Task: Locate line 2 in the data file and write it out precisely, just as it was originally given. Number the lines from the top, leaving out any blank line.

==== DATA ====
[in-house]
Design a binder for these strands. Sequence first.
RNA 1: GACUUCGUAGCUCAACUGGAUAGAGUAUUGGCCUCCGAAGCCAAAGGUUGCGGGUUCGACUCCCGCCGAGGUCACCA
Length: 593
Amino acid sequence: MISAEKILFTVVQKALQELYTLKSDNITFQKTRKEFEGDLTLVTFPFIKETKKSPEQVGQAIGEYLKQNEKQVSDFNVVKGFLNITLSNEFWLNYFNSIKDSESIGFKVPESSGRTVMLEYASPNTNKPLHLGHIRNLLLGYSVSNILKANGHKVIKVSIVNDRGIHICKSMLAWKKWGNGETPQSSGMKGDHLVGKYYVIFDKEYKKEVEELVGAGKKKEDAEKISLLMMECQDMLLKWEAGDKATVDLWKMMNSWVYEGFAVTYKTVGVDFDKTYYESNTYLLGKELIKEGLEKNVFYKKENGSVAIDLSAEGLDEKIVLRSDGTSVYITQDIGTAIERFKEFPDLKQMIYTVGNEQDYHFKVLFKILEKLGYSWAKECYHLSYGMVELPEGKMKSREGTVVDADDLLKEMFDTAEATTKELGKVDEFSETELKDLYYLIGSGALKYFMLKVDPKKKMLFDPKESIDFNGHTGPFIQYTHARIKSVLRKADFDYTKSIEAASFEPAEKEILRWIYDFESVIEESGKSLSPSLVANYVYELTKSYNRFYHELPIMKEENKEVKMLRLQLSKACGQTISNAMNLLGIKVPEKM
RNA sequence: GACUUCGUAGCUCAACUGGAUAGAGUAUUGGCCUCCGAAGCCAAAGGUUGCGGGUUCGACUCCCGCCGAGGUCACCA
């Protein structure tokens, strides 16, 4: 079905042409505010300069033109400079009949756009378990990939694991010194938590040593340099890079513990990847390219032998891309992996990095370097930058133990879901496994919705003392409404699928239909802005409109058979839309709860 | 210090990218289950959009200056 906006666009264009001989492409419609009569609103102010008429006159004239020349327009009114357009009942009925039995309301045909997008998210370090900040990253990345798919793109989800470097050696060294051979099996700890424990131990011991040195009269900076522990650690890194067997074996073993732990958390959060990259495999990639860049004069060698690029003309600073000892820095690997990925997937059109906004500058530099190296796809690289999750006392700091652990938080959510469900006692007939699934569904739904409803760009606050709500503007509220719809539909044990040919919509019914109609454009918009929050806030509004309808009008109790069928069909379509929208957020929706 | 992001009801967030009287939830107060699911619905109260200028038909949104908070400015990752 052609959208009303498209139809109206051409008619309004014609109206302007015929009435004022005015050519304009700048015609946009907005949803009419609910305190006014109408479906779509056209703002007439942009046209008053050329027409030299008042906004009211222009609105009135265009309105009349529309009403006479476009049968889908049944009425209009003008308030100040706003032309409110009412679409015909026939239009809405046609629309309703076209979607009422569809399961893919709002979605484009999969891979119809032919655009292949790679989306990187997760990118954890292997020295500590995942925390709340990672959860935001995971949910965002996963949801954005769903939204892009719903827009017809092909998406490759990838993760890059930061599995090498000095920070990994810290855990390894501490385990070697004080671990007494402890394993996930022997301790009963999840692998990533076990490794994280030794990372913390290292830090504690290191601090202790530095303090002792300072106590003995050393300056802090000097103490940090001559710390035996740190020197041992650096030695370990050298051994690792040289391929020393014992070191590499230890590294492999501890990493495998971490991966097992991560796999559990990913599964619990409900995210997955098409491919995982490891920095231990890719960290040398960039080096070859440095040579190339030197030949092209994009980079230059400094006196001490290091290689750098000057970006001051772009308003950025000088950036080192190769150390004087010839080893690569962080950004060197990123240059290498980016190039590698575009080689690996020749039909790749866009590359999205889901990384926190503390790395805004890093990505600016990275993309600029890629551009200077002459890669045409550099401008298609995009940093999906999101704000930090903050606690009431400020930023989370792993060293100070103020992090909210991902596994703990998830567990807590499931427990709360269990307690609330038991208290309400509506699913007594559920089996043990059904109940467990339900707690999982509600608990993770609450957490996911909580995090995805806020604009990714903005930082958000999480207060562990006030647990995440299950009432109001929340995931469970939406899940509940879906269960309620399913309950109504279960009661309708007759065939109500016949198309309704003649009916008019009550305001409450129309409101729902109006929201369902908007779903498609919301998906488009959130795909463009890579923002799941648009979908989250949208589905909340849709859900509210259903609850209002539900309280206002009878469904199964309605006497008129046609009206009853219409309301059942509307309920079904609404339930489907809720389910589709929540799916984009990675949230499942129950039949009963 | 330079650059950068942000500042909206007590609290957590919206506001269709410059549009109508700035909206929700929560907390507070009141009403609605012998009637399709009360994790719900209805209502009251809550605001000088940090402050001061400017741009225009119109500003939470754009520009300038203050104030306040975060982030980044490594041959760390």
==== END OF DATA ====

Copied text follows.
Design a binder for these strands. Sequence first.